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Joe Lovano '72 Will Be First to Occupy Gary Burton Chair in Jazz Performance


Gary Burton (left) and Joe Lovano (center) each received commemorative chairs from President Lee Eliot Berk at a February event announcing Joe Lovano as recipient of the Gary Burton Chair in Jazz Performance. The endowed professorship was created by trustee J. Scott Benson.
Photo by Justin Allardyce Knight

At a February 9 reception, saxophonist Joe Lovano '72 was officially welcomed as the first artist who will occupy the newly established Gary Burton Chair in Jazz Performance. Through a generous gift to the college, Berklee Trustee J. Scott Benson created this endowed professorship that would honor Burton and provide funds to bring leading music industry figures to Berklee. Although this is the first chair established at Berklee, endowed professorships are a time-honored tradition at many colleges and universities.

In his remarks, President Lee Eliot Berk stated that it is most fitting that Berklee's first endowed chair be named for Burton. "Gary is one of our favorites as a musician, educator, and all-around human being," said Berk. "He has had a very complete career and great achievements in music and in music education. He has more than 50 recordings to his credit and has won five Grammy Awards and been nominated numerous other times. He has given a lot to Berklee over the years as a faculty member, dean of curriculum, and now as our executive vice president."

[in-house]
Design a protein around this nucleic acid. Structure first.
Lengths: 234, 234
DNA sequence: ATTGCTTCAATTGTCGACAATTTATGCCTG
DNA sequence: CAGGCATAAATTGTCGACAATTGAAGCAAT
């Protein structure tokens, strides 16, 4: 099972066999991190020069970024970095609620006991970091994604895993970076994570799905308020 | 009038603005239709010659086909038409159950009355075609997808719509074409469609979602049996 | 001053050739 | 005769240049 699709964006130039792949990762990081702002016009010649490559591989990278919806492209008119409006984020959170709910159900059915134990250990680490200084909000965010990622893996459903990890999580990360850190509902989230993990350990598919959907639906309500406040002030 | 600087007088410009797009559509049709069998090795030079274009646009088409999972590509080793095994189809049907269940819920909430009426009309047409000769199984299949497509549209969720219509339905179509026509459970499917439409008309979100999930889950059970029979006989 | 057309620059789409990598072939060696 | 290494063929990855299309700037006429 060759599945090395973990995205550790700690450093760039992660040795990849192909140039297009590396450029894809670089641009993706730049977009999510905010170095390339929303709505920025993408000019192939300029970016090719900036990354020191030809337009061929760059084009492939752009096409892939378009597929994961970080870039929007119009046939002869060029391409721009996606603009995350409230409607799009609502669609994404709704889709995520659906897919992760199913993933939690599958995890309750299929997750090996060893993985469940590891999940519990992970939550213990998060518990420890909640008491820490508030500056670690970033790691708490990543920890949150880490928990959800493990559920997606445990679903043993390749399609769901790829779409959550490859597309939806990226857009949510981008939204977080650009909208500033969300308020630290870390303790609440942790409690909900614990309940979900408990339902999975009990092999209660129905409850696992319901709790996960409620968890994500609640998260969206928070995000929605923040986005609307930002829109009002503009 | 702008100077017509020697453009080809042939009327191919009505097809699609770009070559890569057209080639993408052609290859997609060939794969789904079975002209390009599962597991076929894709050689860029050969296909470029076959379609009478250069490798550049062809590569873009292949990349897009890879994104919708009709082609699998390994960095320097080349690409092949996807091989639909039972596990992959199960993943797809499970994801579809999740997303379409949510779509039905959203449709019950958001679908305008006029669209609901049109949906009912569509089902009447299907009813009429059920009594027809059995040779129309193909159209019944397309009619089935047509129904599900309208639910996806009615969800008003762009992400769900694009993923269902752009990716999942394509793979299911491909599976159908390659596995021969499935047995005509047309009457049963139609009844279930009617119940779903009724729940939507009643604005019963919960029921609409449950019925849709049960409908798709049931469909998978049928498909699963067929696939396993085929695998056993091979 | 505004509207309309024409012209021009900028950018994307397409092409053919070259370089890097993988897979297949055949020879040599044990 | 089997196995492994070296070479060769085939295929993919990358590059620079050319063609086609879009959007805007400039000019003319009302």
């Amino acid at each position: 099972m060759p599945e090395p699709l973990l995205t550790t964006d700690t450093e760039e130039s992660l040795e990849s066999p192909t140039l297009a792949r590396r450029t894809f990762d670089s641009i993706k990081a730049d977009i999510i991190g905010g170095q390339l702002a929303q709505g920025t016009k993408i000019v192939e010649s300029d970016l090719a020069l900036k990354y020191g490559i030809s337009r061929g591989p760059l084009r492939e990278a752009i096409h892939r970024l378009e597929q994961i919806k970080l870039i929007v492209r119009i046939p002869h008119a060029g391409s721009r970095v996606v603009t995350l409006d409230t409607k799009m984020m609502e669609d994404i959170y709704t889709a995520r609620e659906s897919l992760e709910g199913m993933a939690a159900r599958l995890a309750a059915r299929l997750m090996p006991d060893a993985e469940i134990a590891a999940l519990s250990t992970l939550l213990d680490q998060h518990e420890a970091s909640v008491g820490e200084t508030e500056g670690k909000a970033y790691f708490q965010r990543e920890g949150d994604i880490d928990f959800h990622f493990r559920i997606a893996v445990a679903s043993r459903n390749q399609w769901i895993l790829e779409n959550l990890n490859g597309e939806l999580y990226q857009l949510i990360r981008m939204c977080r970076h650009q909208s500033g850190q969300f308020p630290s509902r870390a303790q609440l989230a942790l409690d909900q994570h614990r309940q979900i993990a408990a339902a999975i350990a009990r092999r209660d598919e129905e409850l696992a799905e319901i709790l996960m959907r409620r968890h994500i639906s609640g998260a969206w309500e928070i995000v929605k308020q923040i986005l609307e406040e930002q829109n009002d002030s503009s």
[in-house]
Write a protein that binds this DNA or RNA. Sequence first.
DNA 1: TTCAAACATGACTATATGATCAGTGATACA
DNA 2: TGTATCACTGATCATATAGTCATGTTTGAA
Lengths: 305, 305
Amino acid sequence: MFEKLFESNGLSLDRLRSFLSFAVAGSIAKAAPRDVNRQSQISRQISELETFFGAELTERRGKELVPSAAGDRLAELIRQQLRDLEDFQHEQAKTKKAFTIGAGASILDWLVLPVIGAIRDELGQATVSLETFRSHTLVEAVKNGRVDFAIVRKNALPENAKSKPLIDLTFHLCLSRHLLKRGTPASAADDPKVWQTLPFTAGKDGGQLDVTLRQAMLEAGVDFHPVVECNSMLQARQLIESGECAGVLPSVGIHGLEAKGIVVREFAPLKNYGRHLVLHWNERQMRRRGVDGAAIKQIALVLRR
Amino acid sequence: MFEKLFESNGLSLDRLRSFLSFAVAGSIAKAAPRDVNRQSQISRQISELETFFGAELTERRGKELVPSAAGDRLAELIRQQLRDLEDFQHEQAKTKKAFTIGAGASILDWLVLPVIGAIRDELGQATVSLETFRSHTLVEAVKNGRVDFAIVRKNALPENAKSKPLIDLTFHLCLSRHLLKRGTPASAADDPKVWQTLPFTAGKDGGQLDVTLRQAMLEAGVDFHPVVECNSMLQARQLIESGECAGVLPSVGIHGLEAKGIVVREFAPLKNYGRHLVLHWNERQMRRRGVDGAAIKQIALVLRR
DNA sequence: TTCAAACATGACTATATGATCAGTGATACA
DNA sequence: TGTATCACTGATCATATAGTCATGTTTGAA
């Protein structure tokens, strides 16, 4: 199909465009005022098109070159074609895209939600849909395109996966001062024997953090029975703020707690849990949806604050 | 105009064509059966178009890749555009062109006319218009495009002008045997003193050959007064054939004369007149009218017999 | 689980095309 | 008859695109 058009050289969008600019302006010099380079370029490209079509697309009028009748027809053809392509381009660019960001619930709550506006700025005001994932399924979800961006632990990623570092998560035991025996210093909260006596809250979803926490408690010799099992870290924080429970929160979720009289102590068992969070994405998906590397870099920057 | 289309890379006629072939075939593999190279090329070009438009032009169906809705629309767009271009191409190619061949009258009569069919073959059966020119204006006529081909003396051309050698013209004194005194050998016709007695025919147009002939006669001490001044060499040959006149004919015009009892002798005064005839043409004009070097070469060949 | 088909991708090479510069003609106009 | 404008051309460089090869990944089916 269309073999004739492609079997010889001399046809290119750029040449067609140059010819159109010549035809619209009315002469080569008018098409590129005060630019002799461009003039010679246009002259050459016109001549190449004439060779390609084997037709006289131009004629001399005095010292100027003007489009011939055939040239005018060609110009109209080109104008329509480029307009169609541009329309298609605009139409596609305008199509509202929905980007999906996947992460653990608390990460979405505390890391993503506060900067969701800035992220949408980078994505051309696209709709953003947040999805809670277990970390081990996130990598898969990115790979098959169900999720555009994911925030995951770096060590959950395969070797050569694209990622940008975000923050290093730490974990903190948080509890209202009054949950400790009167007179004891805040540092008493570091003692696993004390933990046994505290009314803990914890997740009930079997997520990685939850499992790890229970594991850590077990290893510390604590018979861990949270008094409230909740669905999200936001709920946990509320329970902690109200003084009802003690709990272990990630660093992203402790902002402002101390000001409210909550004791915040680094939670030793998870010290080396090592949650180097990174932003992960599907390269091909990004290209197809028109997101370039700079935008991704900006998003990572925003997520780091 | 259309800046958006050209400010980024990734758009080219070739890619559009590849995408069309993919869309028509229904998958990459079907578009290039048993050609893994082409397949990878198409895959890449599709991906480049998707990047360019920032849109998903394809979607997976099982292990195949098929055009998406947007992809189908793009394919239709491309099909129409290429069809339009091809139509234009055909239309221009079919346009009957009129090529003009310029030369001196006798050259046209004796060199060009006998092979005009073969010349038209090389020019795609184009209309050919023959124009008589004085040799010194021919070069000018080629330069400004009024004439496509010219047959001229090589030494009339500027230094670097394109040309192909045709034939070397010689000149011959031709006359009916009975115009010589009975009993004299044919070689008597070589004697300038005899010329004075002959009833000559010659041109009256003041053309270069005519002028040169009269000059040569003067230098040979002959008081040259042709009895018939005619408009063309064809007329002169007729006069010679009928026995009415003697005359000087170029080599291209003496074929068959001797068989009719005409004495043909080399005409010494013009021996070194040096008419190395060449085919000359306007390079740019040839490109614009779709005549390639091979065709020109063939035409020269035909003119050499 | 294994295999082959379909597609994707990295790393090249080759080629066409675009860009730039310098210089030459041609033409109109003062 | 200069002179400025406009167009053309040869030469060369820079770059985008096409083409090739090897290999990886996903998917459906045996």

Taking the microphone, Burton recalled how he learned of Benson's plan to honor him. "I got this email from Scott last fall asking if I'd mind if he named a chair after me. It was one of the most understated questions I'd ever heard! I couldn't possibly thank him enough for his generosity to the school and for what this means to me. It will be here long after I am gone.

"A second honor for me is that the first recipient will be Joe Lovano," continued Burton. "He came here the year I started teaching and was one of my first students. You always notice and remember the talented students. I have seen Joe evolve over the years and become recognized as a major musician of his generation. As a new faculty member this September, Joe will be a terrific role model and mentor. We are greatly honored to have him taking a significant role in our community."

For his part, Lovano stated, "I remember when I first got here and started studying with teachers like Gary Burton, Joe Viola, and John LaPorta. It has been an amazing journey for me since that time. To come back now and share my experiences and explore new ways of playing with the students is really exciting. I'd like to thank Scott Benson for creating this opportunity with a chair in Gary's name."

Lovano intends to be a highly visible faculty member on campus during the fall 2001 and spring 2002 semesters and perhaps longer. He will be a full-time teacher with a schedule that reflects his desire to include as many students as possible in his projects. Lovano is slated to direct ensembles, give lecture classes, teach private students, and organize an annual concert and/or recording event showcasing music that he will prepare with students.